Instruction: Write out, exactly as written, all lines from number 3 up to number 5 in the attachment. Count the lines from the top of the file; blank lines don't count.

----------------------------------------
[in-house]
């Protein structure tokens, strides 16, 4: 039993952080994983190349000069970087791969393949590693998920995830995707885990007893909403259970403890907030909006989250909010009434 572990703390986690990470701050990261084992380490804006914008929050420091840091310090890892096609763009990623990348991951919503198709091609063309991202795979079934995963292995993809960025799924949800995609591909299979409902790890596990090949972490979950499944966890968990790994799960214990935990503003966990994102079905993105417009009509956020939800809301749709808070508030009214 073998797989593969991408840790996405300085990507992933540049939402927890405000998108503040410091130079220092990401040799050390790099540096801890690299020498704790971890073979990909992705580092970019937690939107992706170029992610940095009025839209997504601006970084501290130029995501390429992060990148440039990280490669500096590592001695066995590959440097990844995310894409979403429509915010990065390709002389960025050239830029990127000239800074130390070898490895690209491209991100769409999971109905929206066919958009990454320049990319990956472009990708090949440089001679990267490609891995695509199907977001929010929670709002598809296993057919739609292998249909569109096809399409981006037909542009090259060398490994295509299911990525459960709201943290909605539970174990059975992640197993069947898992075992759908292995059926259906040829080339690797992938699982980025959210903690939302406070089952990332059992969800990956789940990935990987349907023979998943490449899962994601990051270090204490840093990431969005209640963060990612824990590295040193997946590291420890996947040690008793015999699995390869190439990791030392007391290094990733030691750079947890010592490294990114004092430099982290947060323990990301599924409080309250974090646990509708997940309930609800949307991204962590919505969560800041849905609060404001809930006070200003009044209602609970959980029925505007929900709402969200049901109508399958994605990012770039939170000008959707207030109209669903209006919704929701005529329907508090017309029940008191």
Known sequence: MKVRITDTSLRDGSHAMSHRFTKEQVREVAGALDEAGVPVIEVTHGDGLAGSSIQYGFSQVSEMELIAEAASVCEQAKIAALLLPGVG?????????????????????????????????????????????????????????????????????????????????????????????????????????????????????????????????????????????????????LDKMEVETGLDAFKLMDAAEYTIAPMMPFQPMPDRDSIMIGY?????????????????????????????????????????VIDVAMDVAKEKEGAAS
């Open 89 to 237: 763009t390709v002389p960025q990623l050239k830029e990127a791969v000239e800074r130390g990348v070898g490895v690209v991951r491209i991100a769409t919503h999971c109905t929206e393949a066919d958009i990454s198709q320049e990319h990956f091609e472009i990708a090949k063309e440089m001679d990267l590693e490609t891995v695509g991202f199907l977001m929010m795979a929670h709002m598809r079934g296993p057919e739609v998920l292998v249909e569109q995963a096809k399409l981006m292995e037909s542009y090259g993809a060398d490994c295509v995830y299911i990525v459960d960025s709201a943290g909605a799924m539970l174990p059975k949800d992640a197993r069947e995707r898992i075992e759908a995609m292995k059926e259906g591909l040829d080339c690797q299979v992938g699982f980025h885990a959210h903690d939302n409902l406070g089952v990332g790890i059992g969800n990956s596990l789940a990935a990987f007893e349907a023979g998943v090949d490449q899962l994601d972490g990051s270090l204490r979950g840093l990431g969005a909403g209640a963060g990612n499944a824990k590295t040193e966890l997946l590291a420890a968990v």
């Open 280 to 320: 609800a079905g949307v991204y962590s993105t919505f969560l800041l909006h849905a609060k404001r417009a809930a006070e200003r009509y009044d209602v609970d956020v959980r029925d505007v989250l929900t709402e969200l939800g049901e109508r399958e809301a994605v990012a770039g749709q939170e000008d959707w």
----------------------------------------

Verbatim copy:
Known sequence: MKVRITDTSLRDGSHAMSHRFTKEQVREVAGALDEAGVPVIEVTHGDGLAGSSIQYGFSQVSEMELIAEAASVCEQAKIAALLLPGVG?????????????????????????????????????????????????????????????????????????????????????????????????????????????????????????????????????????????????????LDKMEVETGLDAFKLMDAAEYTIAPMMPFQPMPDRDSIMIGY?????????????????????????????????????????VIDVAMDVAKEKEGAAS
């Open 89 to 237: 763009t390709v002389p960025q990623l050239k830029e990127a791969v000239e800074r130390g990348v070898g490895v690209v991951r491209i991100a769409t919503h999971c109905t929206e393949a066919d958009i990454s198709q320049e990319h990956f091609e472009i990708a090949k063309e440089m001679d990267l590693e490609t891995v695509g991202f199907l977001m929010m795979a929670h709002m598809r079934g296993p057919e739609v998920l292998v249909e569109q995963a096809k399409l981006m292995e037909s542009y090259g993809a060398d490994c295509v995830y299911i990525v459960d960025s709201a943290g909605a799924m539970l174990p059975k949800d992640a197993r069947e995707r898992i075992e759908a995609m292995k059926e259906g591909l040829d080339c690797q299979v992938g699982f980025h885990a959210h903690d939302n409902l406070g089952v990332g790890i059992g969800n990956s596990l789940a990935a990987f007893e349907a023979g998943v090949d490449q899962l994601d972490g990051s270090l204490r979950g840093l990431g969005a909403g209640a963060g990612n499944a824990k590295t040193e966890l997946l590291a420890a968990v």
């Open 280 to 320: 609800a079905g949307v991204y962590s993105t919505f969560l800041l909006h849905a609060k404001r417009a809930a006070e200003r009509y009044d209602v609970d956020v959980r029925d505007v989250l929900t709402e969200l939800g049901e109508r399958e809301a994605v990012a770039g749709q939170e000008d959707w």